As newspaper people search for an exit from an industry that is rapidly shrinking, their beats would seem to be a fertile place to look for a job. Asked about the episode, Stephen J. A. Ward, the director at the Center for Journalism Ethics at the School of Journalism and Mass Communications at the University of Wisconsin, wrote in an email that he expects it will be a growing problem.Also worth considering: Taking a job with the industry one covers is not a new phenomenon nor is it unethical on its face. The worry here is that desperation could lead to some bad decisions.
“It is very likely that more conflicts of interest (and concerns about journalistic independence) will arise in the months and years ahead because of the changing nature of journalism and its economic base,” he wrote. ...
And it’s even more scary once you run the scenario beyond the cozy confines of baseball. Reporters are covering government officials all over the country. What if, instead of reporting out corruption and mis-and-malfeasance on their beat, a reporter in imminent danger of layoff suggested to the targets that she or he could help fix the problem from the inside rather than writing a big old expose about it?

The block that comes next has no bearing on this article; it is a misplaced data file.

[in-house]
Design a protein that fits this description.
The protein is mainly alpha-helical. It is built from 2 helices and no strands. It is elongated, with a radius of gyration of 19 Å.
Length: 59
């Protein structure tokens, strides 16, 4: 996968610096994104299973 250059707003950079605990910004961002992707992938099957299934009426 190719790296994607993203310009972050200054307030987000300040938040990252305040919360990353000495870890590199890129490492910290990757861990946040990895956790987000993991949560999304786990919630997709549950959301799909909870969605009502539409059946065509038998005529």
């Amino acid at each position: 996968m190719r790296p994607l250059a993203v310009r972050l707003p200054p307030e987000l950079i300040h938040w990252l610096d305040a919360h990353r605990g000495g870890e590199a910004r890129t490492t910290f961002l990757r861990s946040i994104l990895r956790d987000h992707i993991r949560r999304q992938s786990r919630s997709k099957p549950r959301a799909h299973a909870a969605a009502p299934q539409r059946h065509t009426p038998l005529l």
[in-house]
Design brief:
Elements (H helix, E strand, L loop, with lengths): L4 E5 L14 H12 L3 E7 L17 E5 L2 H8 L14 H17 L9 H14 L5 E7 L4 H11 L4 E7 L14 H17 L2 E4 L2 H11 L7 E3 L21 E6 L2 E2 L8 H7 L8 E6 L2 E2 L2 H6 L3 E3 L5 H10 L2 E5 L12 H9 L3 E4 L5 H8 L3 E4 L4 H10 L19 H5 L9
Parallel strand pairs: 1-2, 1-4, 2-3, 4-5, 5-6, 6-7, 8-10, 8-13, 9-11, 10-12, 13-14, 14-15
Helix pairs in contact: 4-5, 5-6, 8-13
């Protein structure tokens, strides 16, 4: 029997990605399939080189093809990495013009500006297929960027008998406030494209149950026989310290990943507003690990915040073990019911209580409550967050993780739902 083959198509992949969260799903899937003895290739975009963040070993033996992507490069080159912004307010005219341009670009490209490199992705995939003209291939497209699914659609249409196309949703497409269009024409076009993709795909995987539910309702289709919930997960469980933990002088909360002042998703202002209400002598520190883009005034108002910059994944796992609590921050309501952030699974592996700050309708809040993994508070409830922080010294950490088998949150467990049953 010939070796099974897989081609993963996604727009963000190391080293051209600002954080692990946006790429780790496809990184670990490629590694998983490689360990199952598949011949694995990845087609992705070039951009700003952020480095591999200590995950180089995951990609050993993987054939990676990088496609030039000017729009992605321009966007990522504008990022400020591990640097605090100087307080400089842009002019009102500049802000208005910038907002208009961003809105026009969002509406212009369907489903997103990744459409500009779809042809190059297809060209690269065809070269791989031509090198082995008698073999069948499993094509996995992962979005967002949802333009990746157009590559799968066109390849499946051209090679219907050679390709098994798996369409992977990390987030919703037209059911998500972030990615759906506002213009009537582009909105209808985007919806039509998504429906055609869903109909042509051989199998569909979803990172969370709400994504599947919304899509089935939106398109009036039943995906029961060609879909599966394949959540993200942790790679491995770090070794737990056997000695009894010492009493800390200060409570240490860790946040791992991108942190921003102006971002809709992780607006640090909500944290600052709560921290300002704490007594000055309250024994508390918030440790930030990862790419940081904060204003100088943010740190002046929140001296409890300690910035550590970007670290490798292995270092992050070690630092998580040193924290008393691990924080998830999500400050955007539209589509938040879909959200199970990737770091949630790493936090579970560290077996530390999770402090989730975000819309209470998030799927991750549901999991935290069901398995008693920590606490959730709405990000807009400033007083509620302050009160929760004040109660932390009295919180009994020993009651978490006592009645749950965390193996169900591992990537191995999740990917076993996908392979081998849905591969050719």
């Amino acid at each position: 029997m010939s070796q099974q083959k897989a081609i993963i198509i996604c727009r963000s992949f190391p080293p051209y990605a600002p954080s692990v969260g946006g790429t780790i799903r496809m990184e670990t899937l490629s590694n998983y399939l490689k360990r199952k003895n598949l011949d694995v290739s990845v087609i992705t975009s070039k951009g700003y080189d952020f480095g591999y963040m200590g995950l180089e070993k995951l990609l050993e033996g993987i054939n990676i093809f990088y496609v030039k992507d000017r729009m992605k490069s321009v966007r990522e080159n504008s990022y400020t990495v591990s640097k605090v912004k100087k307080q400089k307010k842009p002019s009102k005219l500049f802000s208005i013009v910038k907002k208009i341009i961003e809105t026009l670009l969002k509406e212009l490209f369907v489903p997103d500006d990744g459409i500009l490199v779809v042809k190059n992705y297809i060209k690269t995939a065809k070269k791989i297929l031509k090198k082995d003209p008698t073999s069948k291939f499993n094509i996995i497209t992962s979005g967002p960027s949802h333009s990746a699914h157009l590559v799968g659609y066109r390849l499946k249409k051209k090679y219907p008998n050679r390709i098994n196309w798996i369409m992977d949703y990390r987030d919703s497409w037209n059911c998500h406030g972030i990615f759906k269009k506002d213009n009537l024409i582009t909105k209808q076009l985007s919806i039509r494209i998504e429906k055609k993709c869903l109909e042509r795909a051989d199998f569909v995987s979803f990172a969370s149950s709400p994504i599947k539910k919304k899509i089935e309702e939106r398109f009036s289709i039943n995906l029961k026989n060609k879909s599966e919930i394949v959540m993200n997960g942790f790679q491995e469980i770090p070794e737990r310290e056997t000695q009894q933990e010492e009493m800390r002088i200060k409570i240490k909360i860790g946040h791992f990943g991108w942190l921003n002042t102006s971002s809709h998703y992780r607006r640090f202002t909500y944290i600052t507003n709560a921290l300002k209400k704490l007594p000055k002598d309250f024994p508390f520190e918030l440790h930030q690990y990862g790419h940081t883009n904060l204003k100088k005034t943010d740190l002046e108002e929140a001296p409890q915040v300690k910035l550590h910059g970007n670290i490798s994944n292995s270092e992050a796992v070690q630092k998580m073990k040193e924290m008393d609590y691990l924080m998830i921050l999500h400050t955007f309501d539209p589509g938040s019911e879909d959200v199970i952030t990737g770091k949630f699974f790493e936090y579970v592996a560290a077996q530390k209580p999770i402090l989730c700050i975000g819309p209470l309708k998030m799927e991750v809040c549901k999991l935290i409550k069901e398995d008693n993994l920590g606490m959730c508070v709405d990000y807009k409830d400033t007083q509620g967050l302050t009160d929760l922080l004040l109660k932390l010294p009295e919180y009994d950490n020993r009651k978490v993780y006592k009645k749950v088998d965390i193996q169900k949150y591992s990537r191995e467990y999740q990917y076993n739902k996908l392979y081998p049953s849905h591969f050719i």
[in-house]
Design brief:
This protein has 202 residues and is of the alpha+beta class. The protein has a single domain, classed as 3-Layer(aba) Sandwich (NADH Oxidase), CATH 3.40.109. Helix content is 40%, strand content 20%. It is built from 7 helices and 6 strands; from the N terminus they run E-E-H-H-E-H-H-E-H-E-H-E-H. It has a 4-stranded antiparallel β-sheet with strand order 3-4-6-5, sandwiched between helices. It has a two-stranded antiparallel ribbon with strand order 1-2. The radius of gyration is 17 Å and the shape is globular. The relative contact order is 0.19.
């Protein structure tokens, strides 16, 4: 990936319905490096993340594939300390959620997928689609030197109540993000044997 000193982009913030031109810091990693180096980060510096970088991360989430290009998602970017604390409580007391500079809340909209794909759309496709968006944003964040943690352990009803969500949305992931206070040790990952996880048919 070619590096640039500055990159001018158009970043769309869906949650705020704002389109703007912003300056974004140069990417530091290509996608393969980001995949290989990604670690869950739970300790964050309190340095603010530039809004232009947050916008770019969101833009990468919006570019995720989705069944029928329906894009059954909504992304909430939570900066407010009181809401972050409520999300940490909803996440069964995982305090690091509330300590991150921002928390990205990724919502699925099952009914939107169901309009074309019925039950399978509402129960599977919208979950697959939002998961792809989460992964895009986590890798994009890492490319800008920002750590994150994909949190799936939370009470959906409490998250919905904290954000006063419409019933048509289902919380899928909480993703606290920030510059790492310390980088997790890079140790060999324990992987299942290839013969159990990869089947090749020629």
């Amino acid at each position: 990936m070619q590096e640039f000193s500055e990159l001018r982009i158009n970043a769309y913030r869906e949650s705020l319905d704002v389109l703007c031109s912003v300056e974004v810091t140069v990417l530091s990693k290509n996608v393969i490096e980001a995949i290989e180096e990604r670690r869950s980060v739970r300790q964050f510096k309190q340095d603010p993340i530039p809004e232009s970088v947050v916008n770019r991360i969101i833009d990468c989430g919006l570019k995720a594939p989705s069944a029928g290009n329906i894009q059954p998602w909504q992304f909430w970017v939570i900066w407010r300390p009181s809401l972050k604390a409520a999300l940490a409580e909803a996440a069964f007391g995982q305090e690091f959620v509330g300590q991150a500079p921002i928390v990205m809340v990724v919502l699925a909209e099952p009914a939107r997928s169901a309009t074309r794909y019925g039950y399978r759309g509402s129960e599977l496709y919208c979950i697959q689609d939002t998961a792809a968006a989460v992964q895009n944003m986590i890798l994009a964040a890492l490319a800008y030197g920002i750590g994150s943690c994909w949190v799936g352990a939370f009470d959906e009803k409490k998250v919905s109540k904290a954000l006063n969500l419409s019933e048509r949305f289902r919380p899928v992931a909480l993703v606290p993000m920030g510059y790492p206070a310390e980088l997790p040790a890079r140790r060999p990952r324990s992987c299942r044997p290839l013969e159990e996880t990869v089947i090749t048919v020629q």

Jul 29, 2009
One last question... any job openings?
This post from David Carr comes a year or two year too late, but the point he makes, riffing on the apparently false accusation that a New York Daily News sports reporter used his position to try to get a job with the NY Mets baseball team, is worth considering: